Saturday, August 16, 2014

St. John Chrysostom

The Ruthenian parish in Houston. It was only built in the early 1980s and has a very imposing iconostasis. The building previously housed a Baptist community, much like the Ukrainian church in Dallas and the FSSP church in Irving. Ruthenian tones are very similar to the Ukrainian ones I knew. The congregation is diverse and has two deacons to assist the priest.

Anyone familiar with the Ruthenian Church in America will recognize these green volumes.
They are strange Divine Liturgy guides, with four tones or more available
for each chant (a dozen for the Our Father) and no indication which one might
be used on a given day. The translation is easy to read, but very strange. "Orthodox" is
translated as "true faith"—reasonable, but very strange colloquially—and "man" and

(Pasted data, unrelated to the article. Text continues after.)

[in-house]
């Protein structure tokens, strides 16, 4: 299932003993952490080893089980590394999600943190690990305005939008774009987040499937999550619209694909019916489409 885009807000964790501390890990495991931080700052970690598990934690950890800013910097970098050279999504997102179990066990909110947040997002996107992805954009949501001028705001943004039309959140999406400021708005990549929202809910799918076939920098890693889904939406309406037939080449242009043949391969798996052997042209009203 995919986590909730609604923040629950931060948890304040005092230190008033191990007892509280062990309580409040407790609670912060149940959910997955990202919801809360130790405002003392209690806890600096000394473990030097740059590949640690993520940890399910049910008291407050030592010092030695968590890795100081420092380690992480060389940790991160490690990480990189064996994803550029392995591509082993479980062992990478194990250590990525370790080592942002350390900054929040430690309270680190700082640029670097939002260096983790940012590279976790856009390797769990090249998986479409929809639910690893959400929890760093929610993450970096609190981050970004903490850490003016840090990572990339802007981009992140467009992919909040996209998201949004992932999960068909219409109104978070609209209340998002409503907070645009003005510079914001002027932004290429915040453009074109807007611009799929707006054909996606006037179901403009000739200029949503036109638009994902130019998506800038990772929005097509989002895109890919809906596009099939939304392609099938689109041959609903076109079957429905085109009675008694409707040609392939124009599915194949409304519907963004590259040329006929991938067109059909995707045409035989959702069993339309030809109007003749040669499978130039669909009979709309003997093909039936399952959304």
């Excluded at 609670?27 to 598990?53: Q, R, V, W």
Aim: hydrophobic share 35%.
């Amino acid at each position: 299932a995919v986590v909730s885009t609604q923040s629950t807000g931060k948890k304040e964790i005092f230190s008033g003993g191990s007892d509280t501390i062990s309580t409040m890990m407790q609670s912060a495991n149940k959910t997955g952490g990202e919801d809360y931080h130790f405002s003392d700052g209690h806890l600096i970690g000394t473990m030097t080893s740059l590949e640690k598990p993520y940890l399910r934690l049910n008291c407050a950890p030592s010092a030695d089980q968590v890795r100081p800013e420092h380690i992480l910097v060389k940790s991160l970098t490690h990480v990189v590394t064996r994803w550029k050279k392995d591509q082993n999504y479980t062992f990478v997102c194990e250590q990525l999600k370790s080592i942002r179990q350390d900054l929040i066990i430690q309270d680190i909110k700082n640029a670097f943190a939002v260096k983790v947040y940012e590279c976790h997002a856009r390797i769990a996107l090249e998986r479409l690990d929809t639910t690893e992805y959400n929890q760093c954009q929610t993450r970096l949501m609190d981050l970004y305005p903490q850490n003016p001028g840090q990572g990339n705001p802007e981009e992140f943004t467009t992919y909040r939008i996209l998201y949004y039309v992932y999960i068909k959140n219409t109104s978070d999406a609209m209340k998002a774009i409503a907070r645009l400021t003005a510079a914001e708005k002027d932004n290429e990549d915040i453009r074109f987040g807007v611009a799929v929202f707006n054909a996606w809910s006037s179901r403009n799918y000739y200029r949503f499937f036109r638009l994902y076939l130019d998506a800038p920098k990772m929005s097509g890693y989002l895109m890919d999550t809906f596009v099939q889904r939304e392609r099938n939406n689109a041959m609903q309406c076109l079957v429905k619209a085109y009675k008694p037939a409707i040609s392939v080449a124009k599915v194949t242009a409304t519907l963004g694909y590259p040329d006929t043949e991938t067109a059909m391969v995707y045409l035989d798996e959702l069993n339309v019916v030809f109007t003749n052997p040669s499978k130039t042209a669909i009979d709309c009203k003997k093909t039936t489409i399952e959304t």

"mankind" are rendered as either "all" or "everyone." One suspects Robert Taft....


  1. I don't understand how Taft can praise the Byzantine rite, yet deride the traditional Roman rite.

    1. Taft has an odd way of oscillating between hitting the nail on the head and missing the mark entirely.

      Check out the question in the below article for instance: "So the reform didn't come out of nowhere?"

      He points out, quite correctly the staleness of the "Pre-Vatican II Church" (to quote Rev. Cekada), but then goes on to praise the changes (especially the Pius XII Holy Week "restoration"). One sentence, you want to buy him a beer; the next, you want to smack him on the head.